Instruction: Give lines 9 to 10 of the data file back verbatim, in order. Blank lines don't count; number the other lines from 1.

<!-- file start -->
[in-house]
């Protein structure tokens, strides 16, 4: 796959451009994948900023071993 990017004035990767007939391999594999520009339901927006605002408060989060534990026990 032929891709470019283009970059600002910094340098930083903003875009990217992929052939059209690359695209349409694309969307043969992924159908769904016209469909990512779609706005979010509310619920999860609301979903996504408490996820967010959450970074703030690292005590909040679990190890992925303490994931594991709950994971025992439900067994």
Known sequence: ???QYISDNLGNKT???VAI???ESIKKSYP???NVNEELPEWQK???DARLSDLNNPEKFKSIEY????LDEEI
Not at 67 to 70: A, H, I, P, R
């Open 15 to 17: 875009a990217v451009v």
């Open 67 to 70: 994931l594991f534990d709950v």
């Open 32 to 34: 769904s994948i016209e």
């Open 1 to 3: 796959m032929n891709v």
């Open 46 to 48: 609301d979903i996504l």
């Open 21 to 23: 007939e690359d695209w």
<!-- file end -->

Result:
């Open 46 to 48: 609301d979903i996504l």
């Open 21 to 23: 007939e690359d695209w």